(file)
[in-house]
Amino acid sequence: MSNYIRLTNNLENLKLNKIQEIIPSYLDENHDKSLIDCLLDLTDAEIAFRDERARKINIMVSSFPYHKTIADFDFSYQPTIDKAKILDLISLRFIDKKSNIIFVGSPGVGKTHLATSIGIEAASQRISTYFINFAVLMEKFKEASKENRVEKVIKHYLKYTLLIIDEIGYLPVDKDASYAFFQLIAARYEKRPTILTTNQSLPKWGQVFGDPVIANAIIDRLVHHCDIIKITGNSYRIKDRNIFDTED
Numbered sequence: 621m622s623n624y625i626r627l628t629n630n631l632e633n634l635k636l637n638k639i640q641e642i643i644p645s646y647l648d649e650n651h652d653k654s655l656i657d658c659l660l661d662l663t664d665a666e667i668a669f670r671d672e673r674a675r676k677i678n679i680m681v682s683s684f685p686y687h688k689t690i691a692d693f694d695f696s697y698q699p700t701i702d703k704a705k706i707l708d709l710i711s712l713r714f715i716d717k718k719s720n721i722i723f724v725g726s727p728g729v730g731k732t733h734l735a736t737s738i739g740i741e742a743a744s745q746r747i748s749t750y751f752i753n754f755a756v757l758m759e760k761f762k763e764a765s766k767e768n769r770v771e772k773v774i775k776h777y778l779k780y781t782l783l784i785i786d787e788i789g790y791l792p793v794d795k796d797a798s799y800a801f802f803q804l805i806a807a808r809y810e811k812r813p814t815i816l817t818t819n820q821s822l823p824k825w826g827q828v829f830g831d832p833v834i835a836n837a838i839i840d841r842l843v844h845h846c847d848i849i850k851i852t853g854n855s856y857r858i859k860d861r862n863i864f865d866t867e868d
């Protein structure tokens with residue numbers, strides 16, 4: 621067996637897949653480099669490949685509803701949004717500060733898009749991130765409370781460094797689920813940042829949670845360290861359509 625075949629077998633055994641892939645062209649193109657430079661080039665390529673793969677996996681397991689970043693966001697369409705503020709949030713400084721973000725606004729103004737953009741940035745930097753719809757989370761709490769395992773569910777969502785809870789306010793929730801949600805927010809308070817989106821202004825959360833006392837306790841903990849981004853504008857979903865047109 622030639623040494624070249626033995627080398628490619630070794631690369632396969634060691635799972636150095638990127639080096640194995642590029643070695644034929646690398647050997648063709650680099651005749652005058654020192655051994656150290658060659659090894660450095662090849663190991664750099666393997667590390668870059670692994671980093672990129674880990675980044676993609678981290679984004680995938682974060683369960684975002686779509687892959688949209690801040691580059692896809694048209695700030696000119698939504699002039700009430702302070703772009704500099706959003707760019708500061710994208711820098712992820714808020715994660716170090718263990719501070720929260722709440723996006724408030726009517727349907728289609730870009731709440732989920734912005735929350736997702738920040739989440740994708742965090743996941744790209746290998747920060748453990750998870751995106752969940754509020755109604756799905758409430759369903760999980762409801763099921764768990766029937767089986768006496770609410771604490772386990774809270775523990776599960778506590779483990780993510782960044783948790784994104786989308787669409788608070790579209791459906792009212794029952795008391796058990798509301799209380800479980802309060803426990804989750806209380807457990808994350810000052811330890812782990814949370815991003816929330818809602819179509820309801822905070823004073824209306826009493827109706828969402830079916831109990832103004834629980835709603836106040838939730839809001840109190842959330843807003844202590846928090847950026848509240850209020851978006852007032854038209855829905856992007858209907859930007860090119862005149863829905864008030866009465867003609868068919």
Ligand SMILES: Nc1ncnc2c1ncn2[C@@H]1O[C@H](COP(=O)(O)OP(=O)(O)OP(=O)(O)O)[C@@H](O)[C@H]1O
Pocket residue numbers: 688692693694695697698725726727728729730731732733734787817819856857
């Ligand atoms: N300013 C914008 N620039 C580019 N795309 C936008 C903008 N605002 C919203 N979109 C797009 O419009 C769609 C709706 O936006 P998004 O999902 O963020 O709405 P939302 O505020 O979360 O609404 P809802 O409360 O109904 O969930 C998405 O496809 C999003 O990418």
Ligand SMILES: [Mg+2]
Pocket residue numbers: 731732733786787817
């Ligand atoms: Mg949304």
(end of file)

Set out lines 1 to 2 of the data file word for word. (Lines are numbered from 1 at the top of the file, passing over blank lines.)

[in-house]
Amino acid sequence: MSNYIRLTNNLENLKLNKIQEIIPSYLDENHDKSLIDCLLDLTDAEIAFRDERARKINIMVSSFPYHKTIADFDFSYQPTIDKAKILDLISLRFIDKKSNIIFVGSPGVGKTHLATSIGIEAASQRISTYFINFAVLMEKFKEASKENRVEKVIKHYLKYTLLIIDEIGYLPVDKDASYAFFQLIAARYEKRPTILTTNQSLPKWGQVFGDPVIANAIIDRLVHHCDIIKITGNSYRIKDRNIFDTED